Newsom also has joined his counterparts in Oregon and Washington in promising to form a “West Coast offense” of increased abortion access common to all three states.
“It’s really a shame that we’ll become a mecca for abortions,” Msgr. Moretta said. He called it “unconscionable” for Newsom to offer money to transport women from other states to have abortions in California.
Ordained in 1968, just a few years before Roe, Msgr. Moretta has since served on the Right to Life League’s board of directors and the Archdiocese of Los Angeles’ Pro-Life Commission, groups that established local pregnancy centers and women’s shelters.
“We (Catholics) are on the forefront of the defense of life. We believe life is sacred from the very beginning to the very end. We should be proud of that,” he told Angelus.
Father Edward Molumby, a retired priest in residence at Sacred Heart Church in Rancho Cucamonga, California, served for 12 years as chaplain at Rachel’s Vineyard retreats helping women and men heal after abortion. He said he has seen firsthand how the scars of abortion can linger for decades.
“Sometimes there are women who had abortions 60 years ago and it still bothers them,” explained Molumby. “They cannot forget the pain and a lot of them think they cannot be forgiven.”
While pleased with the court’s ruling, Father Molumby is concerned about the months ahead.
“In terms of God’s plan, yes, this is good, but the price we’ll pay is unrest,” he said. “I’m worried. I think there’s going to be a lot of violence.”
At Our Lady of Guadalupe Church in Chino, California, pastor Father Edmund Gomez said he will be stepping up his ministry to women and families. Already, he visits abortion clinics in hopes of changing women’s minds, but he stressed that such work must be done with sensitivity and care. He fears women seeking abortion could still face harassment.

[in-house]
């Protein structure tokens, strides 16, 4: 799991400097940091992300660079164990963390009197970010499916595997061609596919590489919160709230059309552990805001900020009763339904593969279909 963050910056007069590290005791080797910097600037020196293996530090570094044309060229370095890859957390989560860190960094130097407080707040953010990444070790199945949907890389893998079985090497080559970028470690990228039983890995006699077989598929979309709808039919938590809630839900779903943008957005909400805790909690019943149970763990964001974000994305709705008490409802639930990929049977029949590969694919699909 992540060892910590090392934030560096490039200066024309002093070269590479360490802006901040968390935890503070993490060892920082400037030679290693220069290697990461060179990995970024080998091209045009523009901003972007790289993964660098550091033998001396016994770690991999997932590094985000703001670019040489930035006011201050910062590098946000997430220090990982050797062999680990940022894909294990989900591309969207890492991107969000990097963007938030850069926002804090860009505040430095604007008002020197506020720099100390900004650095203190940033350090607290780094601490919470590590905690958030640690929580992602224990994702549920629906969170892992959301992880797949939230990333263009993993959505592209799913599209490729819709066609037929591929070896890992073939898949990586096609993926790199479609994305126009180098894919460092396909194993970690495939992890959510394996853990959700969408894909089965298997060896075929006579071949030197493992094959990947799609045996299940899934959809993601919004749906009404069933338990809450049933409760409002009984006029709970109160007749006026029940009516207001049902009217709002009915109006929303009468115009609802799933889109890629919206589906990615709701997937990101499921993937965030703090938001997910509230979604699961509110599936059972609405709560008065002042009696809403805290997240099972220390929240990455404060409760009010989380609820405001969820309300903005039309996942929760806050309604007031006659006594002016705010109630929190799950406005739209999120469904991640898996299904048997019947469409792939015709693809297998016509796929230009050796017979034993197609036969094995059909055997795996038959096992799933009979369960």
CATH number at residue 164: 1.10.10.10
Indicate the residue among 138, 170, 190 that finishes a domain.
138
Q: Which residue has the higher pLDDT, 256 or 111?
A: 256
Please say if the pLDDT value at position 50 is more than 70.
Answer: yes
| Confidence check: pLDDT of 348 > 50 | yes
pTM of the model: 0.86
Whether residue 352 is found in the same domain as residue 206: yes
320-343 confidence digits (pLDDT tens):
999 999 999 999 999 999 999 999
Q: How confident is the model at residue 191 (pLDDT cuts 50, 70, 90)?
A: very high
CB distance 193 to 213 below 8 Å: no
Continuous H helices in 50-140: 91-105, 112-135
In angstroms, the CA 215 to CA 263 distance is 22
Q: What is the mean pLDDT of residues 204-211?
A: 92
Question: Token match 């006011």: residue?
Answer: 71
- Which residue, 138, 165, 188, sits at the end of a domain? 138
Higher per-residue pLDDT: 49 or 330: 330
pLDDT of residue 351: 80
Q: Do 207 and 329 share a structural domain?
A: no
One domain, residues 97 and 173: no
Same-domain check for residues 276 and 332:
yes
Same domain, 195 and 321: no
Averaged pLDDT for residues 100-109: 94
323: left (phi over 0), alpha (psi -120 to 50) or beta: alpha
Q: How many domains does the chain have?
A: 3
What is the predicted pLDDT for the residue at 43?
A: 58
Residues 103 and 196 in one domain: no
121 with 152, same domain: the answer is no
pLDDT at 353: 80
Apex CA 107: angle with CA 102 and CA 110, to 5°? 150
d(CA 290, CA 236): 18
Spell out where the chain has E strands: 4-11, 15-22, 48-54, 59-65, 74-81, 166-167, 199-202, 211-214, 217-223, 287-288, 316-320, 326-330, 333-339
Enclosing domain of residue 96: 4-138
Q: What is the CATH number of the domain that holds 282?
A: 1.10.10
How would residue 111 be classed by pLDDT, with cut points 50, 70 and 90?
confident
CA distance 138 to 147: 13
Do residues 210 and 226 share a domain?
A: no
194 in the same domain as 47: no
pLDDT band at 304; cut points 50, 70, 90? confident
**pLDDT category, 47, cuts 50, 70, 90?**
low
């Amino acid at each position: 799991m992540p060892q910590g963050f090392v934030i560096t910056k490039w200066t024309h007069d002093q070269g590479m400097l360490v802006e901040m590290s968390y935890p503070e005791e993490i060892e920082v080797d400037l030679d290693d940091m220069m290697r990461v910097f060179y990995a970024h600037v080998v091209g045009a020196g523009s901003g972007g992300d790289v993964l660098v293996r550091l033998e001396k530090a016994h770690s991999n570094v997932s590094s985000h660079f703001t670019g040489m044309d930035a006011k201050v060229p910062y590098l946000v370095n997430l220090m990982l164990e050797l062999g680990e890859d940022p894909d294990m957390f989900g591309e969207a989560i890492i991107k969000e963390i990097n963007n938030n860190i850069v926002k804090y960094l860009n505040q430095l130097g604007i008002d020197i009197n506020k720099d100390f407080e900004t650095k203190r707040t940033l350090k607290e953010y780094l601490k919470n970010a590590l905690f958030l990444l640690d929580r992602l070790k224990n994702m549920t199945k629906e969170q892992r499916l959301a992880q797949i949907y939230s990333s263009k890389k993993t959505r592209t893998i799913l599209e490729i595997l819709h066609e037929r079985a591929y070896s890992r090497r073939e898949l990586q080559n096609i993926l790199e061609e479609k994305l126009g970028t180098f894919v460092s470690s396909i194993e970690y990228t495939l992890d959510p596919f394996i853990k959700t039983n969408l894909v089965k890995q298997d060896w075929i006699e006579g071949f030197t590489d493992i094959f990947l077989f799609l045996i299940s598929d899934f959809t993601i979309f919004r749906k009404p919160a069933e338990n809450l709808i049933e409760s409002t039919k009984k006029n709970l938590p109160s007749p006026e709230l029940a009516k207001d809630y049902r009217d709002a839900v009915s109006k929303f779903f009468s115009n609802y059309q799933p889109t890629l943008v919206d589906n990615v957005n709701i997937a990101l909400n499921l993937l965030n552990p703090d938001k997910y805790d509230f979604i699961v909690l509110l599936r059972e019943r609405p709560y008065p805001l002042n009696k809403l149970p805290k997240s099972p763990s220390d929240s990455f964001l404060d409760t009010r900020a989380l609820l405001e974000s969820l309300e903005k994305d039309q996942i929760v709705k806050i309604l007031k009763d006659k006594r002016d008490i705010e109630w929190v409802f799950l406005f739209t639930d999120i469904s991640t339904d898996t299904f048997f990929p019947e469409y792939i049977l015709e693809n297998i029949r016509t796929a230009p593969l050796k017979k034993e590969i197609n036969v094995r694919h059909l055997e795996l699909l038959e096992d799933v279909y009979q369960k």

“We still have to do that one-on-one work,” said Gomez. “We put women in really hard situations in our society. They get dumped on a lot.”
Huber believes men and women share equal responsibility for the creation of life, and this ruling brings the law closer to acknowledging that.
“Behaviors are ultimately going to have to change to some degree. If I can’t just go to the store and get an abortion pill, maybe I have to think this through a little better,” said Huber. “Abortion also affects how some men treat women. It strips away his responsibility because it’s her responsibility to have the abortion.”
The state’s Catholic bishops, through the California Catholic Conference, recently launched “We Were Born Ready,” an informational campaign to mobilize assistance for those with “difficult and unexpected pregnancies” and help women obtain housing, health care and other needed services.
Bennett wants expectant mothers to know that the “help arm” of the pro-life movement is ready with more than 3,000 facilities across the nation. She is the founder of the VIDA Initiative, an organization dedicated to training leaders in the Hispanic community.
“Latinos are instinctively pro-life,” said Bennett, herself the daughter of immigrants. “Our culture is a culture that embraces children, loves children, welcomes children. I think Hispanics bring hope because of their strong faith and their love of family.”
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Romano writes for Angelus, the online news site of the Archdiocese of Los Angeles. Kay is editor-in-chief of Angelus.